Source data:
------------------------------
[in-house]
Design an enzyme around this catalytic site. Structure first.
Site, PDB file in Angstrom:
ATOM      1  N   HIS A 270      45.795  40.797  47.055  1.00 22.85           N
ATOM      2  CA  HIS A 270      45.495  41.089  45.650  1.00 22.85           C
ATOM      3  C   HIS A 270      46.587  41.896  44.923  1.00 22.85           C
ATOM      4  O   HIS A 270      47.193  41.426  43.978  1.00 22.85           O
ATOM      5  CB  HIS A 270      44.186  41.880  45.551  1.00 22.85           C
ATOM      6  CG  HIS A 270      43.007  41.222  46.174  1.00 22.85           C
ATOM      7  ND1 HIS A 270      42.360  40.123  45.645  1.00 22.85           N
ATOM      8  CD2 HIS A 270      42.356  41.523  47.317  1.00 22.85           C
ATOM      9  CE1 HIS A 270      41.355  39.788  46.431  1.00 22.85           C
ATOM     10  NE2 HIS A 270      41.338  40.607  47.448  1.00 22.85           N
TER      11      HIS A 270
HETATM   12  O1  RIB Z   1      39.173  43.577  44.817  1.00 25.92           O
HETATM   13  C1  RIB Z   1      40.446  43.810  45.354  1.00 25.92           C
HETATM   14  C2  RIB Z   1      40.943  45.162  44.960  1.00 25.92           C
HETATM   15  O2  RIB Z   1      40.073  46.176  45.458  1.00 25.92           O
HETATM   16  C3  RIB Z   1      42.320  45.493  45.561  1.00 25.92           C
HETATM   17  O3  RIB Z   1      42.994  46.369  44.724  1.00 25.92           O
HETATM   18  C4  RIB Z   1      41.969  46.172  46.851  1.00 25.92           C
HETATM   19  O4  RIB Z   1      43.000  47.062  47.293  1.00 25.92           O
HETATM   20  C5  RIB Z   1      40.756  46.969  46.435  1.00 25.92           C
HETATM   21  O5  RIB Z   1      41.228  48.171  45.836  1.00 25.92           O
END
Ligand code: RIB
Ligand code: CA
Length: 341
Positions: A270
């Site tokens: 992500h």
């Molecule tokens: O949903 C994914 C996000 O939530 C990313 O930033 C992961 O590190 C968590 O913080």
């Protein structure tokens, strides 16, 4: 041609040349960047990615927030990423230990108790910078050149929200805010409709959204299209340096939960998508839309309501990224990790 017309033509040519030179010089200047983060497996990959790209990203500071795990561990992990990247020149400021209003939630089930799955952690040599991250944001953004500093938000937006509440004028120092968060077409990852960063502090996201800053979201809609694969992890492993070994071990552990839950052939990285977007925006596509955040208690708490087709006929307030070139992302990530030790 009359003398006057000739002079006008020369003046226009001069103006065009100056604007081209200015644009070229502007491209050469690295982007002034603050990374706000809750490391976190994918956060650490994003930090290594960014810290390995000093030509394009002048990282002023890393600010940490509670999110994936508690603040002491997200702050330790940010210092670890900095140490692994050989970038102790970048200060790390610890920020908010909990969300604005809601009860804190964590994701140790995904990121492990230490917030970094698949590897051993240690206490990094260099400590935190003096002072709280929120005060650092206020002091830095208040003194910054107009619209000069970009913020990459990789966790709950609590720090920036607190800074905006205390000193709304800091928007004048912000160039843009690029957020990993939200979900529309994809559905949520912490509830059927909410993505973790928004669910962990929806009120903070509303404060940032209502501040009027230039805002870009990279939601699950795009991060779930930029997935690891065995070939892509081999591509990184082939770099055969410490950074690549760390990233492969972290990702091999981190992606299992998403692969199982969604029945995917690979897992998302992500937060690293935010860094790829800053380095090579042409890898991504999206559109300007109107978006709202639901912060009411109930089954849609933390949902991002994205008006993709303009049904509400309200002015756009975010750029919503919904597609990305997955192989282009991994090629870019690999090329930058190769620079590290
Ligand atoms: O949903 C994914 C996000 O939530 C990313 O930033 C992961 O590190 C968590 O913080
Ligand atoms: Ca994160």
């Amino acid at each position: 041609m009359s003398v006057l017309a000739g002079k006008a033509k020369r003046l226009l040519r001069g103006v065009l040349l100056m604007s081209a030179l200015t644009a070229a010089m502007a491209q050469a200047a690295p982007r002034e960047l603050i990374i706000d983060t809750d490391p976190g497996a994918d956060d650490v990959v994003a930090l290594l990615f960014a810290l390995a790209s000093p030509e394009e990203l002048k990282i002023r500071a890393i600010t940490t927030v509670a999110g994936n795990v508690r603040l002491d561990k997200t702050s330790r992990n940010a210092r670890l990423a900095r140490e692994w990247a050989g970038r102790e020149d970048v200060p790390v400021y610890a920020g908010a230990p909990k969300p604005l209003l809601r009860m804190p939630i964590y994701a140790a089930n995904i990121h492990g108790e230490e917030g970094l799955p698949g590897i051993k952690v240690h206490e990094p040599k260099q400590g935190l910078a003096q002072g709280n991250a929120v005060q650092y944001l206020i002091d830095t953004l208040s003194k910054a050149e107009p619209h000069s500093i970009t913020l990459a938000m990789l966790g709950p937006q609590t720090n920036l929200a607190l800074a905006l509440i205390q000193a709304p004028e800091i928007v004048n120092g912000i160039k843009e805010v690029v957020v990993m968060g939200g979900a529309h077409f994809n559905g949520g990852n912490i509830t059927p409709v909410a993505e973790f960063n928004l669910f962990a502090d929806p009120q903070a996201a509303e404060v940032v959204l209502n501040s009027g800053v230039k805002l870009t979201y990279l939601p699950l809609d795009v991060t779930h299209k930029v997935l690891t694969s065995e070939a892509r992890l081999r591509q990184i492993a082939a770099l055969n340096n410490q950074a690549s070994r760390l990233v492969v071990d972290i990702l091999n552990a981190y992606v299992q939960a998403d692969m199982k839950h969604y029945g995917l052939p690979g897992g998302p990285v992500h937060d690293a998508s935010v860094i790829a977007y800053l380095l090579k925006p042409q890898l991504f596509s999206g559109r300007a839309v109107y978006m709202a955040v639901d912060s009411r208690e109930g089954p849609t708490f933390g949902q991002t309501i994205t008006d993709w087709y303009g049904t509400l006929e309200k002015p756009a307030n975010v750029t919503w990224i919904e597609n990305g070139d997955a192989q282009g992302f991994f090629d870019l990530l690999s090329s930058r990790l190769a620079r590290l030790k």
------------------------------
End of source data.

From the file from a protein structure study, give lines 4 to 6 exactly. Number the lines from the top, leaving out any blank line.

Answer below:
ATOM      1  N   HIS A 270      45.795  40.797  47.055  1.00 22.85           N
ATOM      2  CA  HIS A 270      45.495  41.089  45.650  1.00 22.85           C
ATOM      3  C   HIS A 270      46.587  41.896  44.923  1.00 22.85           C